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Left: Jordi Rosàs’ Office “It’s actually my older brother’s bike from 37 years ago. We organized a bike fixing event here so I convinced my brother to give us his to fix. Now I ride it when I go to bars after work,” says Rosás with a laugh.

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Jordi Rosàs, founder of @Rosàs, in his office.

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&Rosàs’ patio. An oasis for creative professionals in the heart of Barcelona.

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Instrument: From 15-Person Production Shop to 130-Employee Digital Creative Agency

Instrument: From 15-Person Production Shop to 130-Employee Digital Creative Agency

Instrument CEO Justin Lewis likens making the jump from a production shop for ad agencies to a full-fledged interactive content studio to tearing off the Band-Aid. While painful, it was the best thing the agency ever did for itself. “Once you tear that Band-Aid off, there is no going back as you do alienate some people from other advertising organizations,” says Lewis. “ But the choice was essential in allowing our business to become something greater than it would have ever been had we been a silent partner for other organizations.”

Today, Instrument is 130-people strong, up from the 15 employees it had in 2010 when it changed direction. Inside Instrument’s 30,000 square foot Portland, Oregon headquarters, the atmosphere feels more like an agency than a corporation due to how Lewis and his Chief Creative Office JD Hooge have constructed their teams. Rather than having a super-sized reporting structure, Instrument has teams of 20-30 people of various disciplines, working as mini-agencies within a larger company. That has allowed them to avoid what they believe is a tipping point of efficiency within a company, growth beyond 40 employees.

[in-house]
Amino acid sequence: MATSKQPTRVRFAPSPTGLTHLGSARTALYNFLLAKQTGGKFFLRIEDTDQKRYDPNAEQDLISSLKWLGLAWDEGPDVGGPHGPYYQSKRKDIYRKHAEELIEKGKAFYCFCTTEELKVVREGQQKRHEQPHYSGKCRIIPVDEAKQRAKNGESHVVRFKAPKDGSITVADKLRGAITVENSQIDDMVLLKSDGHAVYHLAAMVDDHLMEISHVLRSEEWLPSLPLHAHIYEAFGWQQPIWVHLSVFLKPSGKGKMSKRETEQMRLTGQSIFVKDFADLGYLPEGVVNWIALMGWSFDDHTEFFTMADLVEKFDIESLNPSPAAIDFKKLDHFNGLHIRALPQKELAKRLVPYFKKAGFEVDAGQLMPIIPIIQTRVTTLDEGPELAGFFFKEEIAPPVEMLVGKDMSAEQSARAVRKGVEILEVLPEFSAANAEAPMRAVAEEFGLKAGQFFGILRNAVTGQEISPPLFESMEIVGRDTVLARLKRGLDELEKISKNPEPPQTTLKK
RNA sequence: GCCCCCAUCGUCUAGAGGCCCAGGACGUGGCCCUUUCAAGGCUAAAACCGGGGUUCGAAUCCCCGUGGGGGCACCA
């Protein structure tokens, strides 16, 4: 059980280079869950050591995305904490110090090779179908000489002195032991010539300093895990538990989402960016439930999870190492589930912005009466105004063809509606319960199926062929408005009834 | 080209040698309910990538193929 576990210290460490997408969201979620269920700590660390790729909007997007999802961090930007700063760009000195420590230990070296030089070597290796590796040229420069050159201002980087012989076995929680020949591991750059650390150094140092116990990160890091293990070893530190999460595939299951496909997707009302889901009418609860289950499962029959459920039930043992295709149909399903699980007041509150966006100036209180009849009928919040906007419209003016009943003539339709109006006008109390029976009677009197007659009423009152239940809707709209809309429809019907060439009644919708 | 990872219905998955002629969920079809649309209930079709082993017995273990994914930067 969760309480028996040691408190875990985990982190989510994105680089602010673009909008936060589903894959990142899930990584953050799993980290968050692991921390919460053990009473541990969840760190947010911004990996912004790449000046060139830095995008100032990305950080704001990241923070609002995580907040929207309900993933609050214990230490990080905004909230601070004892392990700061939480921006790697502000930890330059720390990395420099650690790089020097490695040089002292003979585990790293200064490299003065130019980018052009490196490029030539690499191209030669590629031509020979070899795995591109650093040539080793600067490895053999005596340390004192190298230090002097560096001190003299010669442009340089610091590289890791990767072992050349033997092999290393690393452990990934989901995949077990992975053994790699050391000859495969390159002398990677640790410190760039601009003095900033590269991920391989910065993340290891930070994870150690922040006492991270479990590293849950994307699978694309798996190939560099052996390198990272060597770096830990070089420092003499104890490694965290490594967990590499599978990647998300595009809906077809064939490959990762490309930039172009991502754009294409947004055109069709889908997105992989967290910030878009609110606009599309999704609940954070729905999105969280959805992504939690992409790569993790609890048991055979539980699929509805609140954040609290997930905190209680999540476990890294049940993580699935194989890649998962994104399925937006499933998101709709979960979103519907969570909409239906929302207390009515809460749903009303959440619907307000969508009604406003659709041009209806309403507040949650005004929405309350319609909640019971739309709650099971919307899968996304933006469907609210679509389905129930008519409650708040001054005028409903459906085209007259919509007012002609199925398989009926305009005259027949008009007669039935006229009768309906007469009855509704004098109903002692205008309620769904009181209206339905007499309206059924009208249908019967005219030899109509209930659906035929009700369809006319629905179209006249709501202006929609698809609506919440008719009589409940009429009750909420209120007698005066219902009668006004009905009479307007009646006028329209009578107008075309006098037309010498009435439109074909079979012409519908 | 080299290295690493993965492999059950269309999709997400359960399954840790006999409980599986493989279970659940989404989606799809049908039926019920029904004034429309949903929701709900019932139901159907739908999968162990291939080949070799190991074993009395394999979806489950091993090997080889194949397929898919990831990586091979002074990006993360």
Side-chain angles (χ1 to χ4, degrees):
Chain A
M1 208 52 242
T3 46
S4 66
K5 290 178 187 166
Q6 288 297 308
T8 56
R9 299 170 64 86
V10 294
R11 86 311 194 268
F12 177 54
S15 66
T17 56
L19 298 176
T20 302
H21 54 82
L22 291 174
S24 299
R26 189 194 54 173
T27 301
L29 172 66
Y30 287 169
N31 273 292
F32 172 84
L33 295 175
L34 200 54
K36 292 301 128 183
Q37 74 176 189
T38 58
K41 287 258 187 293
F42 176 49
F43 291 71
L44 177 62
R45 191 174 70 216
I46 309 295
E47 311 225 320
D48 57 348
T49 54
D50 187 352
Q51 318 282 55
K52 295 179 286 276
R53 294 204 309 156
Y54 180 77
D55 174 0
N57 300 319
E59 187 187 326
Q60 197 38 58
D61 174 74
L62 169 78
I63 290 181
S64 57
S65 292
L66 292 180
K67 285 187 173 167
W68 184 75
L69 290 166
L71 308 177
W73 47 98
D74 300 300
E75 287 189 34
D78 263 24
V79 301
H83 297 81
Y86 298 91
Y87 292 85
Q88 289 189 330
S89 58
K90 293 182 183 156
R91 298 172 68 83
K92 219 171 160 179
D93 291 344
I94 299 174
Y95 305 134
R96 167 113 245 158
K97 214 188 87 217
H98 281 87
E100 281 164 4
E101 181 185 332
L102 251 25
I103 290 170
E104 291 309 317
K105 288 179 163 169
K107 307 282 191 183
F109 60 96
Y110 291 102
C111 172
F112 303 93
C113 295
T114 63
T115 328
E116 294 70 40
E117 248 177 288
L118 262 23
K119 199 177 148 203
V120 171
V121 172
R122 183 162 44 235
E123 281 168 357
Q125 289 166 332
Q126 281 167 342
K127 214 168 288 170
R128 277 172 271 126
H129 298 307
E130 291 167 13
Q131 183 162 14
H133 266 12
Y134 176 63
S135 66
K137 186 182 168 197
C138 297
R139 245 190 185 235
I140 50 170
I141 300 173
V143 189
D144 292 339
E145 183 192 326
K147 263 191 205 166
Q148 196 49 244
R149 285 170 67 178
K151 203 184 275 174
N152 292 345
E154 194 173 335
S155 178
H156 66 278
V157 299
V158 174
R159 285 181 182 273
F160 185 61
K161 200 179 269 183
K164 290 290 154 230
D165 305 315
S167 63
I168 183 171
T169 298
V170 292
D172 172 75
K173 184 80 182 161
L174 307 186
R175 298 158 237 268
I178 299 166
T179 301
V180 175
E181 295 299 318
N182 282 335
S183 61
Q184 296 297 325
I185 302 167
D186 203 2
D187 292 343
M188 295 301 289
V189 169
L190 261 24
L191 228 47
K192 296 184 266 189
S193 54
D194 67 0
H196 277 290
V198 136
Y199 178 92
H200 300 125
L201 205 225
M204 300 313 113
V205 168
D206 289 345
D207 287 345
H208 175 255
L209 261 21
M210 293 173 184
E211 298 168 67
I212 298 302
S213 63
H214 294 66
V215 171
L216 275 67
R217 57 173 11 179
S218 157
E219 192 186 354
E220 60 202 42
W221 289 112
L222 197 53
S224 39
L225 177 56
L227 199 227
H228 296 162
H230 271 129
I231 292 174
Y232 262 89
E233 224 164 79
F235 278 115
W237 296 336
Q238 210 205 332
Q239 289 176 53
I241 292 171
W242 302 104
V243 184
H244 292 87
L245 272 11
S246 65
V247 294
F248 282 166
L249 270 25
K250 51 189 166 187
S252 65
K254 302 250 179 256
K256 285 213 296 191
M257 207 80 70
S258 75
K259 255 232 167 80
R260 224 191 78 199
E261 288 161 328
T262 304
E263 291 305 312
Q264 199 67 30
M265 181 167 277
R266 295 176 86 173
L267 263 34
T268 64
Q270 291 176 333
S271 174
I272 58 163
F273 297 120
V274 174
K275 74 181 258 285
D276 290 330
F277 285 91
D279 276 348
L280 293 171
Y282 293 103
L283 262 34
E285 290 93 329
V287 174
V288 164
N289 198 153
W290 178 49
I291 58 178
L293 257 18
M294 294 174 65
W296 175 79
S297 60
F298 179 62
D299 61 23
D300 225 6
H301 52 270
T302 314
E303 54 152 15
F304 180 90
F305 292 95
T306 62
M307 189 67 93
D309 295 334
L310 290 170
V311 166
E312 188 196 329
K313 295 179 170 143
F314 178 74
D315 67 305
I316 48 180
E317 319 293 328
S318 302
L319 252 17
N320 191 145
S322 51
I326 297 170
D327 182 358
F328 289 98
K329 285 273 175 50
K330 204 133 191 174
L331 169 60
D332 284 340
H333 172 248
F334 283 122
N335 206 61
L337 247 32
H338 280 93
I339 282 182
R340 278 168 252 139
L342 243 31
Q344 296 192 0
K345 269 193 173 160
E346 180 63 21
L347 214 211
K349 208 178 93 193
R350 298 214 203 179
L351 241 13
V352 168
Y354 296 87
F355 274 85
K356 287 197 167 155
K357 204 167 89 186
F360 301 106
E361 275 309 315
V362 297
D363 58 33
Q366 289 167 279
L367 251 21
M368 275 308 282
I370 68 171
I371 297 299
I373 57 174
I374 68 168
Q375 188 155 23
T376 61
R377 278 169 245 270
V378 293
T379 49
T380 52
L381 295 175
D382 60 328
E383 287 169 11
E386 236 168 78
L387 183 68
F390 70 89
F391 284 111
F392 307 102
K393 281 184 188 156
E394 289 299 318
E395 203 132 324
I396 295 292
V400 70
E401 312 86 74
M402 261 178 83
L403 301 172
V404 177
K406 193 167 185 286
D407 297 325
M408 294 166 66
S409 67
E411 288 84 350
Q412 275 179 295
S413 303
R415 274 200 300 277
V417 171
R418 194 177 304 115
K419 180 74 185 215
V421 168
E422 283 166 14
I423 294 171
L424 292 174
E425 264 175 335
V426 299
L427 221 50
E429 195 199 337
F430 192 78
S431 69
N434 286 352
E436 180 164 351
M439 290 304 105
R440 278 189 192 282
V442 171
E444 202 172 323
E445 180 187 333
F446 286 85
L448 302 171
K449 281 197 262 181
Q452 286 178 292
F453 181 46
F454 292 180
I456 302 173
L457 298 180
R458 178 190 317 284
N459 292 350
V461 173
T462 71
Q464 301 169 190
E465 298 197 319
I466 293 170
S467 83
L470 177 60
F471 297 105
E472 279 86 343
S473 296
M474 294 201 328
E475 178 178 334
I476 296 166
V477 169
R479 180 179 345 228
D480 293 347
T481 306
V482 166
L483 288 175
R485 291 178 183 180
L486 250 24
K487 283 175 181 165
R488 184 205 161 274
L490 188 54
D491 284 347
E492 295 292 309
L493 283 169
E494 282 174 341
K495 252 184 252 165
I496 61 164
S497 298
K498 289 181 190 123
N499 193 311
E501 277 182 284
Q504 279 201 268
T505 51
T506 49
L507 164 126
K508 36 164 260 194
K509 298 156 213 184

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The Instrument office in Portland was custom-designed specifically for the agency.

That’s just one way the company developed its own identity. The partners of Instrument believe that their company culture needs to be tested (not protected), that visual designers and user experience professionals can be one in the same, and that clients need to leave some room in their creative briefs for Instrument to make magic happen.

We recently sat down with Hooge and Lewis to find out more about how their holistic view of digital content separates them from the pack and how facetime with their clients like Google Design, Stumptown, and The Metropolitan Museum of Art makes all the difference.

Why evolve from a production shop for ad agencies to becoming your own full-service agency?

JL: We had aspirations to have something greater than a production shop for global advertising agencies. That’s a great living for a lot of mid-size agency owners, but we made a really distinct choice one day where we said, ‘We believe in ourselves enough to break away from that model and go directly to clients.’